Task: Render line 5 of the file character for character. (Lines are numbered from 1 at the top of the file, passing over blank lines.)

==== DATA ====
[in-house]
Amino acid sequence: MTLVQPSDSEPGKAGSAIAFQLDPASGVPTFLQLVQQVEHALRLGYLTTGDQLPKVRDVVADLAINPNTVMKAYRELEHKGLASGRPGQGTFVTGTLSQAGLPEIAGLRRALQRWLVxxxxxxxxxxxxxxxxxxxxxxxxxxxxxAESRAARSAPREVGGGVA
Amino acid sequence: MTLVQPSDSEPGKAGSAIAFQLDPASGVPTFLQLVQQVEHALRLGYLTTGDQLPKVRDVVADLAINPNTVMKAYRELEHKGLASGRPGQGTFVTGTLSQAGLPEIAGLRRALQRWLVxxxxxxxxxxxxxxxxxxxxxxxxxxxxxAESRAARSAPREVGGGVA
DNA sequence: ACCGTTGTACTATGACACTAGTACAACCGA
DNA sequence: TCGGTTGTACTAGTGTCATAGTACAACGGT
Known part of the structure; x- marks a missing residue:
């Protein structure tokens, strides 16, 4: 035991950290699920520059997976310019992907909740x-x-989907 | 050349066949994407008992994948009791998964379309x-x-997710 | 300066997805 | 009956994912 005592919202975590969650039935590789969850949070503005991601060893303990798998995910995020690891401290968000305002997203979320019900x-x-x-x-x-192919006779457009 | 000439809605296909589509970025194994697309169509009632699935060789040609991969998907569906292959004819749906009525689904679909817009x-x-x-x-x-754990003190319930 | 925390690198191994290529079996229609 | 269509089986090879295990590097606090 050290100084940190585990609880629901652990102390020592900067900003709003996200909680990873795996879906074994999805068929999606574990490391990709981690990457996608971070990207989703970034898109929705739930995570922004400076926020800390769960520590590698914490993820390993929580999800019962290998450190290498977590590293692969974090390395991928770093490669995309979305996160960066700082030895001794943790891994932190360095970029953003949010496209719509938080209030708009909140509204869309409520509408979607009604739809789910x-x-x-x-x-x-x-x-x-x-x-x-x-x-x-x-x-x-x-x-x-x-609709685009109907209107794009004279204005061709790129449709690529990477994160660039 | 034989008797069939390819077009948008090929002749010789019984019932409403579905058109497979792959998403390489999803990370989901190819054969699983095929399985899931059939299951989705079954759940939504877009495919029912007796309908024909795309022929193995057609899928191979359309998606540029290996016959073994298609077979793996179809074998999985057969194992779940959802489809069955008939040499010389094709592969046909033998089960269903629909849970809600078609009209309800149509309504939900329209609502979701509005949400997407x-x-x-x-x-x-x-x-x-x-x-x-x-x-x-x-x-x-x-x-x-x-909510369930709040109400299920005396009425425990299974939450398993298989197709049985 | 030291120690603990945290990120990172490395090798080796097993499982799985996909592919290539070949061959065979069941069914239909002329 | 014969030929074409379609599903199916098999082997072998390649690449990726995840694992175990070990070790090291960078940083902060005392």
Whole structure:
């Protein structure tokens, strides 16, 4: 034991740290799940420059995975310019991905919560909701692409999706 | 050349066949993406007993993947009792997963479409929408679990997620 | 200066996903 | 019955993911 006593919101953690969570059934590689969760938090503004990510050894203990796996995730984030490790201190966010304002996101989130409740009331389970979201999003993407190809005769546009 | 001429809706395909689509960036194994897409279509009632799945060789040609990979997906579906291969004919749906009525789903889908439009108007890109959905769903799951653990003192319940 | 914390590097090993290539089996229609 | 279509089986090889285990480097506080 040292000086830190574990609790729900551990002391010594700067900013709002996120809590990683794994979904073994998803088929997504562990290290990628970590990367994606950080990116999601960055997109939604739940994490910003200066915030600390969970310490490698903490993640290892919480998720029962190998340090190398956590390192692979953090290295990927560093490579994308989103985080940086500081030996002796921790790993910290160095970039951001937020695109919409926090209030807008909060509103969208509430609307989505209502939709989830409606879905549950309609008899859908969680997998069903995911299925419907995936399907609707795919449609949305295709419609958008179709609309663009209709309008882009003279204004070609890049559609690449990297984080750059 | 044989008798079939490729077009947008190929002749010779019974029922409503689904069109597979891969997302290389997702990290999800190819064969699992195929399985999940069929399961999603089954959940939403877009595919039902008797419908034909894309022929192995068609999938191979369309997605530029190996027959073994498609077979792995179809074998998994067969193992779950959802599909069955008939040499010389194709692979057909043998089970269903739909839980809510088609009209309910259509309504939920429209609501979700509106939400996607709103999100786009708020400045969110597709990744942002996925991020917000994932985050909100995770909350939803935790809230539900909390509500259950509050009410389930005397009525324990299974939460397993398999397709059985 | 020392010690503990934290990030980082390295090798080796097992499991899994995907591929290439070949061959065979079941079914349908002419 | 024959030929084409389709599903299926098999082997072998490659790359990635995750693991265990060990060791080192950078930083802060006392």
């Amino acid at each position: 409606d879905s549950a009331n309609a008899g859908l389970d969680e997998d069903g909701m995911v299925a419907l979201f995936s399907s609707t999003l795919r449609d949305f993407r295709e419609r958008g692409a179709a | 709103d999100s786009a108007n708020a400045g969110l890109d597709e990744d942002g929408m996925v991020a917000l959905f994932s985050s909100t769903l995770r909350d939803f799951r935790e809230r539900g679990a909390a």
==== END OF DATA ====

DNA sequence: TCGGTTGTACTAGTGTCATAGTACAACGGT